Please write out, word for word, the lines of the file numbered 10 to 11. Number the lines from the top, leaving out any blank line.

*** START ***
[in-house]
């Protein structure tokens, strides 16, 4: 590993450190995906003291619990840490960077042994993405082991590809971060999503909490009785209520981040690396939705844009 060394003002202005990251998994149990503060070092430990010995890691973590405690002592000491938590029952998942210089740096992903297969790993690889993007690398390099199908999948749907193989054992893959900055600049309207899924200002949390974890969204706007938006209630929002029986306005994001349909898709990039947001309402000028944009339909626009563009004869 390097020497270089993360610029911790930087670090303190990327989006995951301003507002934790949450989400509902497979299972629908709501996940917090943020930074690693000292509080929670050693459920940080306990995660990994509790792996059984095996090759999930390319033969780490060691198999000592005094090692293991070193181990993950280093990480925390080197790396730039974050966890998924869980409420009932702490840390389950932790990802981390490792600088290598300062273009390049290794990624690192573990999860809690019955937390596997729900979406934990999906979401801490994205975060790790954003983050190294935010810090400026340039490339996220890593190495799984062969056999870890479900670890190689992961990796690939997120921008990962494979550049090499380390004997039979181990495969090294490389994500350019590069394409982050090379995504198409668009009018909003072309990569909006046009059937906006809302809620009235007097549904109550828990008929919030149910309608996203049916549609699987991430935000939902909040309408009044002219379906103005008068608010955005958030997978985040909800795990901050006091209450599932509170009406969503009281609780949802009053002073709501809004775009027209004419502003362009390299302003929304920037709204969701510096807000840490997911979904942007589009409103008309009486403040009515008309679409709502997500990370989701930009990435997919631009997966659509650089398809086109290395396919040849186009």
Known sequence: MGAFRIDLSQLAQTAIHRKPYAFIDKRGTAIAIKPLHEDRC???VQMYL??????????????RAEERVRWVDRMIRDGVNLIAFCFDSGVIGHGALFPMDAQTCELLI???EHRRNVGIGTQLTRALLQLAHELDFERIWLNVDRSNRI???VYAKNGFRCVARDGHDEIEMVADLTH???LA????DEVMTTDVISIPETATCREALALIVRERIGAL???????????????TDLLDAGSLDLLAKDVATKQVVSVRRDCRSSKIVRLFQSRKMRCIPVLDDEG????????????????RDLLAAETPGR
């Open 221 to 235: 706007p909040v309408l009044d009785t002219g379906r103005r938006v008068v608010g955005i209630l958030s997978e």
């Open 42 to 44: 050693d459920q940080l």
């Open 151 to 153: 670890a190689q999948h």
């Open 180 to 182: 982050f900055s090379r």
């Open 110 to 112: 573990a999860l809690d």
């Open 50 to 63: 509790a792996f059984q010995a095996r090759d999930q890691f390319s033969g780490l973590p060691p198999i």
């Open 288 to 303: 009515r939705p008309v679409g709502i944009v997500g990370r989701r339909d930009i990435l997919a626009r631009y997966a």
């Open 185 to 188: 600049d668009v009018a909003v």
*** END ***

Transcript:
């Open 288 to 303: 009515r939705p008309v679409g709502i944009v997500g990370r989701r339909d930009i990435l997919a626009r631009y997966a």
């Open 185 to 188: 600049d668009v009018a909003v």